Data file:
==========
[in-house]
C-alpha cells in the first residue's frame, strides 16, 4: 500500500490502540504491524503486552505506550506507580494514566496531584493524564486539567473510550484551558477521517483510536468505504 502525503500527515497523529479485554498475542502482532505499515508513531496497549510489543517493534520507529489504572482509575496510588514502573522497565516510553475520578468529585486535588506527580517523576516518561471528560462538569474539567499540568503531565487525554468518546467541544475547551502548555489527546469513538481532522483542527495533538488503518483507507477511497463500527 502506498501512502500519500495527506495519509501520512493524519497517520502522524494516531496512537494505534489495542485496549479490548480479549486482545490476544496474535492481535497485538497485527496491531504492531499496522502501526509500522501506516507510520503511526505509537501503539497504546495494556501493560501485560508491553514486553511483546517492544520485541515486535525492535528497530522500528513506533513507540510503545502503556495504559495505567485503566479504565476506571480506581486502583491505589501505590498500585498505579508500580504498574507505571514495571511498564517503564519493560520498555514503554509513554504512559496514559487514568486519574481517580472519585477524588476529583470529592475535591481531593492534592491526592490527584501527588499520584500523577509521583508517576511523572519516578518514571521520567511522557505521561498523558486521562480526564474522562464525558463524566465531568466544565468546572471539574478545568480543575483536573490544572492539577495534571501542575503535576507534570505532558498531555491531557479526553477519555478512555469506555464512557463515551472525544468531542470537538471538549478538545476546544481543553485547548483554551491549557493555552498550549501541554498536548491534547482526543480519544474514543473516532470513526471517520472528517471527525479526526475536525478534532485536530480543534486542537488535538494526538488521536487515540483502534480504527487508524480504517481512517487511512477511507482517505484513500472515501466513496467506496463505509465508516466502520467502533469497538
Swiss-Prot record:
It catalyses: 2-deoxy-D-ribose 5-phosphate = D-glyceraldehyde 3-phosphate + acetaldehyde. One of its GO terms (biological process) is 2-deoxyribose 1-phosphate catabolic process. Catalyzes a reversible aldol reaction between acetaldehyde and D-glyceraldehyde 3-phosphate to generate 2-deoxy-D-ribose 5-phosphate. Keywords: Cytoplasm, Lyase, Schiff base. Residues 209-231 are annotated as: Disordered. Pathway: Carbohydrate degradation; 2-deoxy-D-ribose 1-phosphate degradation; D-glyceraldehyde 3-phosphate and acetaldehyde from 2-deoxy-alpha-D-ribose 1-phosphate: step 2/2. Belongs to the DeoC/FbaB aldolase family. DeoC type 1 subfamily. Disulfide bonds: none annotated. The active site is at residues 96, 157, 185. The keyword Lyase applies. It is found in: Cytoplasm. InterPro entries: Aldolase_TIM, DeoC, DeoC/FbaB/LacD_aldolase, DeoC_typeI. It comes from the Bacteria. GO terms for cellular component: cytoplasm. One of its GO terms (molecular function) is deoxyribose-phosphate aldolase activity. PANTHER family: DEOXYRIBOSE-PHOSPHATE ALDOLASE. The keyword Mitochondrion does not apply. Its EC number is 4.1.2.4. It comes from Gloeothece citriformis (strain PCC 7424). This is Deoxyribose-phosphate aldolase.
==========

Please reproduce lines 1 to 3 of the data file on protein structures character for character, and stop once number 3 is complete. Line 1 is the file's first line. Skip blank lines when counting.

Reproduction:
[in-house]
C-alpha cells in the first residue's frame, strides 16, 4: 500500500490502540504491524503486552505506550506507580494514566496531584493524564486539567473510550484551558477521517483510536468505504 502525503500527515497523529479485554498475542502482532505499515508513531496497549510489543517493534520507529489504572482509575496510588514502573522497565516510553475520578468529585486535588506527580517523576516518561471528560462538569474539567499540568503531565487525554468518546467541544475547551502548555489527546469513538481532522483542527495533538488503518483507507477511497463500527 502506498501512502500519500495527506495519509501520512493524519497517520502522524494516531496512537494505534489495542485496549479490548480479549486482545490476544496474535492481535497485538497485527496491531504492531499496522502501526509500522501506516507510520503511526505509537501503539497504546495494556501493560501485560508491553514486553511483546517492544520485541515486535525492535528497530522500528513506533513507540510503545502503556495504559495505567485503566479504565476506571480506581486502583491505589501505590498500585498505579508500580504498574507505571514495571511498564517503564519493560520498555514503554509513554504512559496514559487514568486519574481517580472519585477524588476529583470529592475535591481531593492534592491526592490527584501527588499520584500523577509521583508517576511523572519516578518514571521520567511522557505521561498523558486521562480526564474522562464525558463524566465531568466544565468546572471539574478545568480543575483536573490544572492539577495534571501542575503535576507534570505532558498531555491531557479526553477519555478512555469506555464512557463515551472525544468531542470537538471538549478538545476546544481543553485547548483554551491549557493555552498550549501541554498536548491534547482526543480519544474514543473516532470513526471517520472528517471527525479526526475536525478534532485536530480543534486542537488535538494526538488521536487515540483502534480504527487508524480504517481512517487511512477511507482517505484513500472515501466513496467506496463505509465508516466502520467502533469497538
Swiss-Prot record: